Welcome to the "My Bead Table Blog Hop" hosted by Lisa Lodge of "A Grateful Artist." Lisa Lodge is a very talented jewelry designer whose work appears in numerous jewelry magazines. Lisa brought artists together for the challenge of creating using random beads and findings from her bead table. Participants may add from their own bead table as well, but are not to purchase anything new for the challenge. Here are the beads Lisa sent me:
Lisa's bead table challenge incorporates two methods of design from Anderson's book: "The Leftover Bead Method" and "The Random Purchase Method" -- two methods of design ensuring that, as Anderson states in her book, "no bead goes unloved."
I've been creating jewelry inspired by Lori Anderson's new "Bead Soup" book "recipes" and for the "My Bead Table" design challenge, I was inspired by the blue Czech glass and a copper fossilized leaf beads of "Autumn Harvest Soup" (page 81, soup by Lori Anderson & design by Barbara Lewis).
After I photographed Lisa's bead table soup, I separated the beads to work with later. Here are the beads from lisa as colorways:
I created two necklaces. One very traditional using the blue millefiori beads in the upper left, and one artistic style using the rhyolite gemstone beads in the center bottom and the orange glass beads. Yet both necklaces are inspired by the exact same soup ingredients in the "Autumn Harvest Soup" recipe (page 81) in the book "Bead Soup" -- and both represent and celebrate October in Florida.
For my first jewelry project, I thought about the ocean and sailing. Working with the millefiori beads Lisa sent, my traditional necklace was inspired by their cobalt blue color.
Thinking of how to use the blue Czech faceted rondelle beads in "Autumn Havest soup" and Lisa's millefiori beads, I remade the necklace twice before I was happy with the design. I wanted a nautical style necklace to wear with simple gold hoops, a great navy sweater and my favorite silk skirt:
|The print of my favorite silk skirt helped me create the jewelry design and colorway.|
I hoped the chain maille components would bring out the nautical chain in my silk skirt, while the gold, blue and red added a sailing and ocean style.
I first used all the millefiori beads, creating a metal focal with accent beads. The design wasn't stream-lined enough, however, and the various millefiori shapes took away from the patterns of the design.
|First try: A mess! Not nautical, but chaotic. Boo!!|
I took away the hearts, millifori rondelles, accent beads, and gold flower. I placed the Czech rondelles, red Swarovski beads and citrine beads around the clasp. I used only the elongated cushion shape millefiori glass, repeating the shape of the byzantine sections, and the pattern changed from messy to chic, giving the necklace simple but strong style.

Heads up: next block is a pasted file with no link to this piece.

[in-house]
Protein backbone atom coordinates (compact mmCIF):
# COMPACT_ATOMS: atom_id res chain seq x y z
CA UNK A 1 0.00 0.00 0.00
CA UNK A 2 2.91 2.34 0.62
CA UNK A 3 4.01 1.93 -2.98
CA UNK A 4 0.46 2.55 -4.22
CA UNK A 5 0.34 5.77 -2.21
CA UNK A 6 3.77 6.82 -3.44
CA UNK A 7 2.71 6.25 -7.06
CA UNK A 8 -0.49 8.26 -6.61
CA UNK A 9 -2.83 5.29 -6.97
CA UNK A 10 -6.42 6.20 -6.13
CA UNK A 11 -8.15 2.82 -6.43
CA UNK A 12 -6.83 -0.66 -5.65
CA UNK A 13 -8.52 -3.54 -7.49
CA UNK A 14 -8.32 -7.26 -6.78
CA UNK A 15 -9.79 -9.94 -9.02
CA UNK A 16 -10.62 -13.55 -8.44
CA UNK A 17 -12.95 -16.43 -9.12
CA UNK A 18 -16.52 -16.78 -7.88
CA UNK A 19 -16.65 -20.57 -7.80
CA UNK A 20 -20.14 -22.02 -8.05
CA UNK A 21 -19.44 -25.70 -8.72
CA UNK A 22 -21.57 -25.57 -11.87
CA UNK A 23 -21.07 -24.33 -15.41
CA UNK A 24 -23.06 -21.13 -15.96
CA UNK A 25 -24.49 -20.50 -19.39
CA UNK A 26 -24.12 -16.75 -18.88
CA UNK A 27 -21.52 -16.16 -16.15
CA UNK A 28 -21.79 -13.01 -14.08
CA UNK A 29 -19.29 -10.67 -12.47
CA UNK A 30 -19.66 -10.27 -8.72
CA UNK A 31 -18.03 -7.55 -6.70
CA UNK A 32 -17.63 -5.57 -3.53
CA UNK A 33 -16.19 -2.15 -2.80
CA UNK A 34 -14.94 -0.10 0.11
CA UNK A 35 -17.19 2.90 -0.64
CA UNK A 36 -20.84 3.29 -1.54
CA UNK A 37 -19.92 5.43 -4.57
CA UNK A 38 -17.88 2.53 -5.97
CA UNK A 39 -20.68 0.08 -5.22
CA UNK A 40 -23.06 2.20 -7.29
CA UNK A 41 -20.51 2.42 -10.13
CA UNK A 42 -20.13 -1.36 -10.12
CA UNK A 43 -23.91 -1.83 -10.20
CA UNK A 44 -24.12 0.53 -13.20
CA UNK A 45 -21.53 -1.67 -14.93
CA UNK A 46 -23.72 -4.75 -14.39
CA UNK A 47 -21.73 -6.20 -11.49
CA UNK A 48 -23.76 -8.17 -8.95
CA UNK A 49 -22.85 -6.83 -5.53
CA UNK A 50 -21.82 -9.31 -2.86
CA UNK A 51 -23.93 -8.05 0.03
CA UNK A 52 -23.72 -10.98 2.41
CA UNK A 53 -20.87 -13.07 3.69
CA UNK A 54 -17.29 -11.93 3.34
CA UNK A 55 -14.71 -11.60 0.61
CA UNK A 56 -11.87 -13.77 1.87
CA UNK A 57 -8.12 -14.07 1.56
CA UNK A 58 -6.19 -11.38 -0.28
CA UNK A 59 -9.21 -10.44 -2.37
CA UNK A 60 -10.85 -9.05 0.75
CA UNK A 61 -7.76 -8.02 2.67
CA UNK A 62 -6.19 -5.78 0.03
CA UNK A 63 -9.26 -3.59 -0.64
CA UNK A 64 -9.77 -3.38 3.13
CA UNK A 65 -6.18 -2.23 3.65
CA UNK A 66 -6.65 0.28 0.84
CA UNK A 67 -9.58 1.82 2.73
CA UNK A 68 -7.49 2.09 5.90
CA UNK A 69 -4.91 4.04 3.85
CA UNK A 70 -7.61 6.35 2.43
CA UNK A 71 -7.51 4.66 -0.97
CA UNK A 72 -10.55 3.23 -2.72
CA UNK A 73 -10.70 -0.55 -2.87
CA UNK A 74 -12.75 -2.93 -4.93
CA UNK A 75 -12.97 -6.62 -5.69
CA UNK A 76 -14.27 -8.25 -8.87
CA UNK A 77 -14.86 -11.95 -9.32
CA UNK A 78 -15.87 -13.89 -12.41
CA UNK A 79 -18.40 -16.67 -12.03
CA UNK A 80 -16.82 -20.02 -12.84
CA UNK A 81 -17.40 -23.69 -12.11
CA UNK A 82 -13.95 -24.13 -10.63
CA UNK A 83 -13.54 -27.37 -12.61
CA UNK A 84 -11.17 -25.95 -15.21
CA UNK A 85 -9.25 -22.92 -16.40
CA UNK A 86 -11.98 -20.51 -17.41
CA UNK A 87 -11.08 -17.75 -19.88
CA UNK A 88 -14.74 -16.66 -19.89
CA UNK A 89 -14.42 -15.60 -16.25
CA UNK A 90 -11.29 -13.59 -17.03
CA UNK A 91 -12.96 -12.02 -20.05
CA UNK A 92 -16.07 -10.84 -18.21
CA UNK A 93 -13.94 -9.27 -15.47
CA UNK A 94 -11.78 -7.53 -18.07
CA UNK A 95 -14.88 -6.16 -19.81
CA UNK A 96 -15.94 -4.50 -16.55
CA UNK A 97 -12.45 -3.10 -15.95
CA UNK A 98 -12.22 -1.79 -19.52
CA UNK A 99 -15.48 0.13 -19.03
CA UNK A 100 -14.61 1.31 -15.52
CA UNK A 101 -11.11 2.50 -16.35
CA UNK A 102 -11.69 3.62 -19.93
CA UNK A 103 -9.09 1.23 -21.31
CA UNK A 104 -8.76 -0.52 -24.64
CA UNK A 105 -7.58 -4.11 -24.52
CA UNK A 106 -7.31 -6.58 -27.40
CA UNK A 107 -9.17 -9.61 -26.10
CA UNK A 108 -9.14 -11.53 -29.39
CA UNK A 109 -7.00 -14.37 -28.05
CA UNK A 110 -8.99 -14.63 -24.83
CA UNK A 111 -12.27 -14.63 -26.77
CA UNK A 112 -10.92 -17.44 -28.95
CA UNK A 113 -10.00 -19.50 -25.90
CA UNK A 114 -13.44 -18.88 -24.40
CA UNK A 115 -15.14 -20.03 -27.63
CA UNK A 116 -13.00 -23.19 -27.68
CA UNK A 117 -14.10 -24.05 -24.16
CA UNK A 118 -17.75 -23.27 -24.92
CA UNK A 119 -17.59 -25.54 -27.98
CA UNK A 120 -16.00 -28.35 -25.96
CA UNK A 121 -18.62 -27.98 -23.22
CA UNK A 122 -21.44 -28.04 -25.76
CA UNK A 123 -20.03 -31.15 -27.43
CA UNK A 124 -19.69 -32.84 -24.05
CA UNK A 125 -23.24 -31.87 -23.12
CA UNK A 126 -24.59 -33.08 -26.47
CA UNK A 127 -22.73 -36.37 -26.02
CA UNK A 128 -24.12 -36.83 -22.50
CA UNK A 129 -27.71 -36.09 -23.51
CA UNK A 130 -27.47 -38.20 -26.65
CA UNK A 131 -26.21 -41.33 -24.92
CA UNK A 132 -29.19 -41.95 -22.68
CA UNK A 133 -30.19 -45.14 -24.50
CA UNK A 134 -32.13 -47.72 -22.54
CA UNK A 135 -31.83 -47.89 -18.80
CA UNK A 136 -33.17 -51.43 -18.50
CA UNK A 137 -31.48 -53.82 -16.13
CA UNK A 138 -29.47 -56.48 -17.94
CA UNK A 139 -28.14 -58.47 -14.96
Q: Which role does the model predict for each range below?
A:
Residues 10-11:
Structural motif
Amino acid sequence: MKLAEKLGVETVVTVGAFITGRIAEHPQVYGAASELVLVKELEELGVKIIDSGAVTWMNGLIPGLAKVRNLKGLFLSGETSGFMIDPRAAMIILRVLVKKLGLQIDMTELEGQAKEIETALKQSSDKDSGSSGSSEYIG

I had to take away details. Once the elongated millefiori cushion beads were moved together, leaving the top of the necklace for byzantine chain alone, the design finally took shape. The necklace looks pretty worn against a navy sweater, my navy blue boots, the silk skirt and an upswept hair style. Perfect for Florida fall fashion.
|Second Try: much better! Strong style and cohesive design for a nautical style|
|A longer, 28" necklace with simple beads and brass byzantine chain, and a touch of bling in the back.|
If you are interested in creating byzantine chain, it is a great beginner weave! M.A.I.L. (Maille Artisans International League) has a listing of weave tutorials to explore and another great site, CGMaille, has even more excellent weave tutorials! Keep in mind byzantine can also be adjusted for the appropriate AR (aspect ratio) by simply adding or taking away rings. Not many weaves are that flexible. In the brass chain above, I've used 4 rings to increase the AR since I made my own jump rings with 20 gauge brass wire.
My second necklace was also inspired by the same soup in "Bead Soup" began with a copper leaf and a bead bag from a previous project. The copper leaf was a gift from one of my daughters, and reminded me of the migrating birds coming home to my garden for winter. I ended up not adding it to the necklace itself, but it started the entire tree/ leaf/ bird design!
Thinking of Lisa's rules, I decided to peek into leftover bead soups. This bag of bead soup had lots of unakite beads in several cool cuts for gemstone beads: bicones, sticks, various round sizes, as well as complete wire wrapped components, all from a previous jewelry project:
Since October is the time when birds to return to Florida for the winter, the copper leaf reminded me of my bird garden. I watch through the window as the garden fills with birds, families that return year after year.
I was inspired to begin my design with a bird's nest. I'm familiar with several tutorials, but Art-Z Jewelry's bird's nest pin tutorial is my favorite. I created a bird's nest using copper and brown color coated Artistic wire, adding ocean jasper pears for the eggs.
From there, I began experimenting with the unakite components, brass birds, the wooden flower and other shapes of ocean jasper. Once I added the wooden flower, I accented it with a special wooden om from Finland.
I love this design, and I'm pleased it rests comfortably on the neck. I'm very pleased that leftover beads could become something so special! I would not have even peeked into the bead soup bag to create a lovely Bird's nest necklace, nor would I have created a nautical necklace because the blue millefiori beads were outside my norm. Both Anderson's methods worked! "The Leftover Bead" method and "Random Bead method" created two very different --and very nice -- jewelry pieces for Florida Fall.
Thank you Lisa for hosting the "Bead Table Challenge"!
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